Four things amateurs do to kill progress

Winter is strength training time. And we want to make our time in the gym count. We're not gym rats. We prefer wide open vistas and the thrill of our sport. So let's get in the gym, get out, and get every possible benefit from the time we spent there.

Here are the most common ways people sabotage their training, essentially cancelling the effects of their hard work in the gym:

  • not getting enough sleep, especially after hard training days
  • not drinking enough water during the day, or drinking too much caffeine and alcohol
  • not eating enough protein within 30 minutes of completing a workout, or loading up with too much fat and sugar during the day
  • suffering from too much stress, usually at work, home, or a combination of both

Managing stress, eating well, and rest. It's really pretty simple.  These are things that cost nothing extra, have the most impact on your ability to recover from intense exercise, build muscle, and boost performance.


The key to a good night's rest these days is getting away from a screen before bed. Put the phone down. Put the tablet away. Limit your TV time. The blue light from LEDs and computer screens is throwing off your circadian rhythm. If you absolutely must be in front of a screen in the evening:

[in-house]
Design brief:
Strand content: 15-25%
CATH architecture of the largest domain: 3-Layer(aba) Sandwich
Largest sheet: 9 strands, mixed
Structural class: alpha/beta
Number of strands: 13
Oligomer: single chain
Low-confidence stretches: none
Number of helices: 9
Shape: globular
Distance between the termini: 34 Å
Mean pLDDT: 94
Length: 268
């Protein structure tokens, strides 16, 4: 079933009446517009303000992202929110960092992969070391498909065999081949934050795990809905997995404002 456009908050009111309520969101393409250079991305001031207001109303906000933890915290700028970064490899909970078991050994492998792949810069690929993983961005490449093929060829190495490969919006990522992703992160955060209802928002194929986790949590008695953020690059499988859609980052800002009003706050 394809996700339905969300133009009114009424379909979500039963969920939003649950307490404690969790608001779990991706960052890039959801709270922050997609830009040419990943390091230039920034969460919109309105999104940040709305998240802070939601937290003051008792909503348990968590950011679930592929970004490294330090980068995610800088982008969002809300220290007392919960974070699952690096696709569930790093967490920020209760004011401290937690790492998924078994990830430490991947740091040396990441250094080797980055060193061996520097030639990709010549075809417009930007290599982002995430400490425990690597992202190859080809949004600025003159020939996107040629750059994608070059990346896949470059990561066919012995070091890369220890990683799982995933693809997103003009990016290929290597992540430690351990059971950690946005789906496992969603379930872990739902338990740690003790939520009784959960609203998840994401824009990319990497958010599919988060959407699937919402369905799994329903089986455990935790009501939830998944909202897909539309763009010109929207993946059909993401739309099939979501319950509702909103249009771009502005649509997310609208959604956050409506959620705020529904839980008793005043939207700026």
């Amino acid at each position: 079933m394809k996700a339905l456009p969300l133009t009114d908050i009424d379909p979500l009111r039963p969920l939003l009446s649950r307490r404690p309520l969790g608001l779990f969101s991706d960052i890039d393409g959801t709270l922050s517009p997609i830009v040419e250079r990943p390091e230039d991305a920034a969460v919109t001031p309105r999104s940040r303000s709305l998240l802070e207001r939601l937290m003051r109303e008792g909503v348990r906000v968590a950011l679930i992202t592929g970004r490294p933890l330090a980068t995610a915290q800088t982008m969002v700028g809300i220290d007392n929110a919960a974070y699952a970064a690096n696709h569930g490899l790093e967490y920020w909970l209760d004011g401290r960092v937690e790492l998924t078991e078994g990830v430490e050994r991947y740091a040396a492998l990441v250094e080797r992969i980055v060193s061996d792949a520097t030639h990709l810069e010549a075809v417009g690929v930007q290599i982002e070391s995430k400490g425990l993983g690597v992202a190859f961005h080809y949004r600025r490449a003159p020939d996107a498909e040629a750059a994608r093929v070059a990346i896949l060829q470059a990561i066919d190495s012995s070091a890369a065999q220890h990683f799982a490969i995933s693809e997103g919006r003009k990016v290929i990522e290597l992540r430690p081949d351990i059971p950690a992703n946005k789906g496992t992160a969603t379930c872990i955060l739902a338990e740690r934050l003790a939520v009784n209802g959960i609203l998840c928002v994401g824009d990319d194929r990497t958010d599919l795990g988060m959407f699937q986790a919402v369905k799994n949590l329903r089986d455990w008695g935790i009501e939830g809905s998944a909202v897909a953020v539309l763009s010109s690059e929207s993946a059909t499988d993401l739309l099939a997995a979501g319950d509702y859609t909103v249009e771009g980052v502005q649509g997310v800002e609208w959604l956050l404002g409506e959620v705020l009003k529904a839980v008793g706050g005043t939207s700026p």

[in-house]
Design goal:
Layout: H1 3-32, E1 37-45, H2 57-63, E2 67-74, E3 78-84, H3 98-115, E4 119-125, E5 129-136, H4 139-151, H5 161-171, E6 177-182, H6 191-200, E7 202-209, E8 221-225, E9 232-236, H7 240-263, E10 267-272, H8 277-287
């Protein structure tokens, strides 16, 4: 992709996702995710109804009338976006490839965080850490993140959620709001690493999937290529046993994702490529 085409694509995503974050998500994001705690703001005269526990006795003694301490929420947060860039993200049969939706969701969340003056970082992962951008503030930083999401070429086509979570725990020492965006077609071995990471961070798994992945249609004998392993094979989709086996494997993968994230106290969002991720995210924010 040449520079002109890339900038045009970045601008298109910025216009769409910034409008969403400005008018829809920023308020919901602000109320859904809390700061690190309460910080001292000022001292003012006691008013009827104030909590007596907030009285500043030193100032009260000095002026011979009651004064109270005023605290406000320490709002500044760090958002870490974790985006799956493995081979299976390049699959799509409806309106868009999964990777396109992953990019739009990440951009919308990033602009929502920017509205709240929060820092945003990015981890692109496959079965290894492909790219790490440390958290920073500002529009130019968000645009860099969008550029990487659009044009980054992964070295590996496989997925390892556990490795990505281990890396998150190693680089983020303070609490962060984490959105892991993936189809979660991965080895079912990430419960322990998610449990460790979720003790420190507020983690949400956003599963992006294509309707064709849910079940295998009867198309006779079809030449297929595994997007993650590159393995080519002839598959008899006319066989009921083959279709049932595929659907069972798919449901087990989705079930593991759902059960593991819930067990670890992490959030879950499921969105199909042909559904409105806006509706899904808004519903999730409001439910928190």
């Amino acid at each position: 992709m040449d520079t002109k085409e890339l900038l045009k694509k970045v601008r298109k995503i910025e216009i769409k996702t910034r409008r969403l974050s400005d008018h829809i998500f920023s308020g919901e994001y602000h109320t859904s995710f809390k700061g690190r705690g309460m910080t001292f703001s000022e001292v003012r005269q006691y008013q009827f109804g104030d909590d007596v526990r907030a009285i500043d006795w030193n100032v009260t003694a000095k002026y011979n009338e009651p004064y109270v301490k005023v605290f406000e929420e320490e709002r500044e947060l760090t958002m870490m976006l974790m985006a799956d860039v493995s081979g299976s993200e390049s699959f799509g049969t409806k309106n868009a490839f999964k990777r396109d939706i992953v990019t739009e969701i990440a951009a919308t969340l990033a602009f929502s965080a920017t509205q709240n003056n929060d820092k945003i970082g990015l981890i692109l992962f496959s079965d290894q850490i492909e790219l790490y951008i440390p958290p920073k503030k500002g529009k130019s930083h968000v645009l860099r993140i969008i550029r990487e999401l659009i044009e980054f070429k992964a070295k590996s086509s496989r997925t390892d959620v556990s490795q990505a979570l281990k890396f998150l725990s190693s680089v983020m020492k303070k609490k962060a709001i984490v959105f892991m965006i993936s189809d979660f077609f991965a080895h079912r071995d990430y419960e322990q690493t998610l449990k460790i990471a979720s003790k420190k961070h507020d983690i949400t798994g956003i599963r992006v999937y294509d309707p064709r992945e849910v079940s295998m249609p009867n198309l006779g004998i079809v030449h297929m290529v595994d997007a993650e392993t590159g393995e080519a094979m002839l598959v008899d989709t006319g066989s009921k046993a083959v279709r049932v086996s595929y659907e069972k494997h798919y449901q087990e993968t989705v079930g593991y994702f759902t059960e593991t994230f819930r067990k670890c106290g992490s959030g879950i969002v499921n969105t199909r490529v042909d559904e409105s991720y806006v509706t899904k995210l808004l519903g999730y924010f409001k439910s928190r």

• Install f.lux on your computer to dim the screen at night (it's free at
  • Use computer glasses that block blue light. The best bang for your buck are made by Gunnar Optiks. Unlike others, they provide a small amount of magnification, the lenses are really high quality, and cost about $55. Claim them as a work expense.
  • Set a timer so you're giving your eyes a break every 20 or 30 minutes.

Post workout recovery meal

Within 30 minutes of finishing a hard workout, consume a post-workout recovery meal. We're shooting for at least a 1:4 ratio of protein to carbs. Err on the side of more protein.

If your workout is in the evening, you might need a snack or light meal after work, before the workout so you're not in the red zone on your last set of lunges...then another light meal within 30 minutes of finishing the workout. This is your post-workout recovery meal. Plan ahead so it's ready to go, or available nearby.

If you're traveling, short on time, or just can't be bothered to sit down and eat within 30 minutes of a workout, then at least get a recovery drink. This is a portable, low fat, high protein, powdered drink mix you can take anywhere. It will never spoil or explode in your backpack, and will hold you off until you get a real meal. Most importantly, it provides the essential protein within that crucial 30-minute window. 

Lots of options available. I prefer Cliff Recovery Protein Mix, in chocolate.

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